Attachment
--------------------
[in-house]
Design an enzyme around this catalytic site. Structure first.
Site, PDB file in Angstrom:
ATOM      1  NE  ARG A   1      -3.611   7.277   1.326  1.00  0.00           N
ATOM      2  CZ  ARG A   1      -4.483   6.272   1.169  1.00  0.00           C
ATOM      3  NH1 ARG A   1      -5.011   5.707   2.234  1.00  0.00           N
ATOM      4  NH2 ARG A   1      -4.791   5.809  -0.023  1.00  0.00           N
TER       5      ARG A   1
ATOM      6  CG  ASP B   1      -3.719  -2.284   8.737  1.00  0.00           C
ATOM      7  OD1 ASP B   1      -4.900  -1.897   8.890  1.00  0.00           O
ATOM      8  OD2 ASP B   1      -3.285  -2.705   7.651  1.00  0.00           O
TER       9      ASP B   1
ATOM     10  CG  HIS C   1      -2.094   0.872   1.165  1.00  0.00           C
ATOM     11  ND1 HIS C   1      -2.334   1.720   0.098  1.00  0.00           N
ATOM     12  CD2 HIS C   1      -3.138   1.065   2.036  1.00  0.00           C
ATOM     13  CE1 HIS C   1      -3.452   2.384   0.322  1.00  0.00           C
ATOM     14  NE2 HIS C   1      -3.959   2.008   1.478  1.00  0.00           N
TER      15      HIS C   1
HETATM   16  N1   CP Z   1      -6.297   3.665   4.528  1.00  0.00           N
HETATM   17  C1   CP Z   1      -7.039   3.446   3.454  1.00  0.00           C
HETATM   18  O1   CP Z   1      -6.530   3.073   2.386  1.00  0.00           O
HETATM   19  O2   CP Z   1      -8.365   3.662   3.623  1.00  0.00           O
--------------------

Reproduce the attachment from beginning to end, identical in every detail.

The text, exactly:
[in-house]
Design an enzyme around this catalytic site. Structure first.
Site, PDB file in Angstrom:
ATOM      1  NE  ARG A   1      -3.611   7.277   1.326  1.00  0.00           N
ATOM      2  CZ  ARG A   1      -4.483   6.272   1.169  1.00  0.00           C
ATOM      3  NH1 ARG A   1      -5.011   5.707   2.234  1.00  0.00           N
ATOM      4  NH2 ARG A   1      -4.791   5.809  -0.023  1.00  0.00           N
TER       5      ARG A   1
ATOM      6  CG  ASP B   1      -3.719  -2.284   8.737  1.00  0.00           C
ATOM      7  OD1 ASP B   1      -4.900  -1.897   8.890  1.00  0.00           O
ATOM      8  OD2 ASP B   1      -3.285  -2.705   7.651  1.00  0.00           O
TER       9      ASP B   1
ATOM     10  CG  HIS C   1      -2.094   0.872   1.165  1.00  0.00           C
ATOM     11  ND1 HIS C   1      -2.334   1.720   0.098  1.00  0.00           N
ATOM     12  CD2 HIS C   1      -3.138   1.065   2.036  1.00  0.00           C
ATOM     13  CE1 HIS C   1      -3.452   2.384   0.322  1.00  0.00           C
ATOM     14  NE2 HIS C   1      -3.959   2.008   1.478  1.00  0.00           N
TER      15      HIS C   1
HETATM   16  N1   CP Z   1      -6.297   3.665   4.528  1.00  0.00           N
HETATM   17  C1   CP Z   1      -7.039   3.446   3.454  1.00  0.00           C
HETATM   18  O1   CP Z   1      -6.530   3.073   2.386  1.00  0.00           O
HETATM   19  O2   CP Z   1      -8.365   3.662   3.623  1.00  0.00           O